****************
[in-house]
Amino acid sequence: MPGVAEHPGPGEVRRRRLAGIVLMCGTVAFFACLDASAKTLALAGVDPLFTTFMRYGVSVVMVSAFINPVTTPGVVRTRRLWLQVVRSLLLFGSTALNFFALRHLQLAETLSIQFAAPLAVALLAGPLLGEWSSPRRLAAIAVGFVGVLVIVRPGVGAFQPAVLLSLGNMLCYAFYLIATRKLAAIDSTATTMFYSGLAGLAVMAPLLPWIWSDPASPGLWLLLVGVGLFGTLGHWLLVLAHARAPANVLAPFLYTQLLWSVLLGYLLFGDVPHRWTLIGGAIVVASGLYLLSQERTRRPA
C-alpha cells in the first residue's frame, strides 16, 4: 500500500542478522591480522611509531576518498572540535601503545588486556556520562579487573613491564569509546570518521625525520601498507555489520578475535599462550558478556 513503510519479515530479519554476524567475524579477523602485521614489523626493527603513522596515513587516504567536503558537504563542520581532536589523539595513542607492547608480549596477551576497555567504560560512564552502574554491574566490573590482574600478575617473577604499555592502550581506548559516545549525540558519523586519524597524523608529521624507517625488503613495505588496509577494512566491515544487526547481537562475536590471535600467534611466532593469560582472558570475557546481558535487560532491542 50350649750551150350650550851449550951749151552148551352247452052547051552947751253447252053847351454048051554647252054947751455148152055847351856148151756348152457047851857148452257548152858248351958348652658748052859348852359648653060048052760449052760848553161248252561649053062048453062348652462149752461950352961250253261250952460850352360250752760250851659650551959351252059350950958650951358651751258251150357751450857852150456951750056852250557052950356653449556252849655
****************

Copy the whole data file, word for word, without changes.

[in-house]
Amino acid sequence: MPGVAEHPGPGEVRRRRLAGIVLMCGTVAFFACLDASAKTLALAGVDPLFTTFMRYGVSVVMVSAFINPVTTPGVVRTRRLWLQVVRSLLLFGSTALNFFALRHLQLAETLSIQFAAPLAVALLAGPLLGEWSSPRRLAAIAVGFVGVLVIVRPGVGAFQPAVLLSLGNMLCYAFYLIATRKLAAIDSTATTMFYSGLAGLAVMAPLLPWIWSDPASPGLWLLLVGVGLFGTLGHWLLVLAHARAPANVLAPFLYTQLLWSVLLGYLLFGDVPHRWTLIGGAIVVASGLYLLSQERTRRPA
C-alpha cells in the first residue's frame, strides 16, 4: 500500500542478522591480522611509531576518498572540535601503545588486556556520562579487573613491564569509546570518521625525520601498507555489520578475535599462550558478556 513503510519479515530479519554476524567475524579477523602485521614489523626493527603513522596515513587516504567536503558537504563542520581532536589523539595513542607492547608480549596477551576497555567504560560512564552502574554491574566490573590482574600478575617473577604499555592502550581506548559516545549525540558519523586519524597524523608529521624507517625488503613495505588496509577494512566491515544487526547481537562475536590471535600467534611466532593469560582472558570475557546481558535487560532491542 50350649750551150350650550851449550951749151552148551352247452052547051552947751253447252053847351454048051554647252054947751455148152055847351856148151756348152457047851857148452257548152858248351958348652658748052859348852359648653060048052760449052760848553161248252561649053062048453062348652462149752461950352961250253261250952460850352360250752760250851659650551959351252059350950958650951358651751258251150357751450857852150456951750056852250557052950356653449556252849655